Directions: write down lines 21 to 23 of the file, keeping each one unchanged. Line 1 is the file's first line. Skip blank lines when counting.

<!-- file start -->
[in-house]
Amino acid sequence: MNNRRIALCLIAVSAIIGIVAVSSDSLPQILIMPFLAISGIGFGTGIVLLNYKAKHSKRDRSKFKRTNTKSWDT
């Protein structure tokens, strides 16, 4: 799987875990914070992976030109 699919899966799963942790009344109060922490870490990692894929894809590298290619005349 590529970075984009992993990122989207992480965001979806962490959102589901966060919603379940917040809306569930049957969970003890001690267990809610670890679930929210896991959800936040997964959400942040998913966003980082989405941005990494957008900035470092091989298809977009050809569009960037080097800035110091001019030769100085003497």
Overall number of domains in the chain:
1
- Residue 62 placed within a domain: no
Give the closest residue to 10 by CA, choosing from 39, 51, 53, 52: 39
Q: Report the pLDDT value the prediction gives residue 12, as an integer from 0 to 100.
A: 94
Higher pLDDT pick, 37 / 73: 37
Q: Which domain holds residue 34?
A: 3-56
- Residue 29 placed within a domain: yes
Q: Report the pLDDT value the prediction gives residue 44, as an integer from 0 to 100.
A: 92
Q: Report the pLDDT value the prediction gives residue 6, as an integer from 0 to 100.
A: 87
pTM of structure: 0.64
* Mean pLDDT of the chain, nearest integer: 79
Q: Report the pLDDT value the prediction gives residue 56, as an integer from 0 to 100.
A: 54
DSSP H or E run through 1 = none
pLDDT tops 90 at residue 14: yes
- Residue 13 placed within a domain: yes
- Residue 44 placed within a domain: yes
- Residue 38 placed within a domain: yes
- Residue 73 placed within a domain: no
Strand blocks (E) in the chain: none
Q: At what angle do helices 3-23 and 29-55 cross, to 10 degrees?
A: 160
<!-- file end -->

A: 54
DSSP H or E run through 1 = none
pLDDT tops 90 at residue 14: yes